Many members have converted to Christianity; many more practice traditional forms of religion that revere God and recognise ancestors as mediators.
A small number are Muslim.
Official in South Africa since 1994 (Act No. 108 of 1996).
Written and spoken.
With the advent of independence, there is a political drive towards the use of the language in all spheres of human operation, viz., administrative, legal, political, economic, etc.
The language is used in education both as a subject of study and as a medium of instruction.
It is used in its spoken and written forms in all the spheres of education from kindergarten to doctoral studies.
It is still difficult, though, to use it as a technical language in commerce, IT, science, mathematics, law and other such scientific disciplines.
Radio Lesedi is a 24-hour Sesotho radio station of the SABC, broadcasting solely in Sesotho. There are regional stations as well in the Qwaqwa area.
The television is lagging behind in its broadcasts in Sesotho. There are about 4 weekly news-slots of 15 minutes and an odd programme here and there per week.
The new e-tv seems to be producing more and more news programmes in the African Languages in general.
Newspapers: There are no fully fledged newspapers in Sesotho except for regional news-letters in Qwaqwa, Fouriesburg, Ficksburg and possibly other Free State towns.
Magazines: “Bona” seems to be the only one. It is a monthly magazine.
Yes, in both its written and oral forms.
The Bible has long been translated into Sesotho.
There are hymnbooks and prayer books as well.
Yes. South African labour is mainly African. Sesotho is therefore the lingua franca in Sesotho-speaking regions. In cases where business and labour relations cannot be discussed in Sesotho, there is a possibility of interpreting facilities.
Many businesses are gradually providing important policy and other documents in Sesotho.
The Department of Arts, Culture, Science and Technology and the Pan South African Language Board are jointly responsible for linguistic policy and planning with respect to all official languages.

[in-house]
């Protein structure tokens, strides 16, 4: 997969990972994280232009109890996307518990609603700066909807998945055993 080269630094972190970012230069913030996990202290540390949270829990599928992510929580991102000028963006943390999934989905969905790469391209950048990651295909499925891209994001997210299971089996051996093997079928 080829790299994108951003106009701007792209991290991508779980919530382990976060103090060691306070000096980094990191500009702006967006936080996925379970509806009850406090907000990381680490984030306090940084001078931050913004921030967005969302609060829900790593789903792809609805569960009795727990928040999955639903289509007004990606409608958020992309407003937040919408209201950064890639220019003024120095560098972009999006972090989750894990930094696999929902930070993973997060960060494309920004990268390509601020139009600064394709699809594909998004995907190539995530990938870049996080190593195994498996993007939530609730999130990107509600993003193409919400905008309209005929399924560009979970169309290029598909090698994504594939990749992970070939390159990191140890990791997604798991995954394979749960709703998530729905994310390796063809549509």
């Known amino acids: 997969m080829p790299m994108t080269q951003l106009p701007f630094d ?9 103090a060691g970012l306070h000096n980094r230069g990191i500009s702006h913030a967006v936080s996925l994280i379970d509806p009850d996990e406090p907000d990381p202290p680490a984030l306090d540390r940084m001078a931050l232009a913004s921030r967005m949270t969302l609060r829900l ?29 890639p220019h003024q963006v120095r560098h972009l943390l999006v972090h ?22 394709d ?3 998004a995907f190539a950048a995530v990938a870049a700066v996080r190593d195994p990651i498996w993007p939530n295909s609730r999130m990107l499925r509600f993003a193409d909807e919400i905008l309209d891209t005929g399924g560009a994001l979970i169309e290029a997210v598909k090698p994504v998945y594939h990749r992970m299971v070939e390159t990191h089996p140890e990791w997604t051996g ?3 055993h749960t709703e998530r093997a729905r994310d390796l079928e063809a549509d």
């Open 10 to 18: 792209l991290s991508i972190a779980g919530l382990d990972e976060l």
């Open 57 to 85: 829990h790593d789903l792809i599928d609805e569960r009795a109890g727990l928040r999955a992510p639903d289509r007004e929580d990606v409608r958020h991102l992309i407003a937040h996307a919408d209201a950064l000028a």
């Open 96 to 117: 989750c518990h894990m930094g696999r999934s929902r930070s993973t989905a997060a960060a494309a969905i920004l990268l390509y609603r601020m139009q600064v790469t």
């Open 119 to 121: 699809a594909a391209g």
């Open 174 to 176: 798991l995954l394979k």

LESIBA: (Lekgotla la Basotho le ikemetseng la Bangodi- Independent Board of Basotho Authors) It organises educational meetings and conferences to teach and promote the writing of the different literary genres in Sesotho.
ALASA: (African Languages Association of Southern Africa) It stimulates academic debates on matters concerning linguistic and literary studies and research of African languages.
SAFOS: (South African Folklore Society) promotes the oral tradition.
AALRDISA: A new association for the development of African languages.
The language has a very strong literary tradition.
Thomas Mofolo’s epic, "Chaka", has been translated into several languages including English and German.
ZD Mangoaela’s “Lithoko tsa Marena a Basotho”, published in 1921 by Morija is a collection of praises of Basotho chiefs.
DP Kunene’s “Heroic Poetry of the Basotho” (Oxford: 1971) is a critical analysis of Basotho poetry.
Folklore occurs in both the oral and written forms.
Traditional poetry, songs and dramas are still performed during ceremonies such as wedding celebrations.
Praise poetry is used even in political meetings and other government occasions.
Tales and riddles is still an important form of education-through-entertainment.
The attitude of the majority has always been positive.
The general attitude has since become more positive as the members of the community are more determined than before to affirm themselves by using their language more. For instance, they insist on speaking and being spoken to in their language. They insist on using their Sesotho names for formal and informal business.
Those who share borders tend to acquire a variety that overlaps Sesotho and that neighbouring community.
Sesotho belongs to the Sotho language group; thus, for the other members of that group, the languages are, to a great extent, mutually intelligible.
Social factors such as inter-marriages tend to bring the African languages closer together.
The language still lacks the following:
The present author, R H Moeketsi, is accumulating a multilingual legalese and has already compiled over two thousand entries.
- Well researched linguistics books for university use;
- Monolingual dictionaries;
She has also contributed the following word-lists:
The Readers’ Digest Multilingual Dictionary of S.A. (1989)
Concise Trilingual Dictionary (AD Donker) (1990)
Multilingual Dictionary (A D Donker) (1991)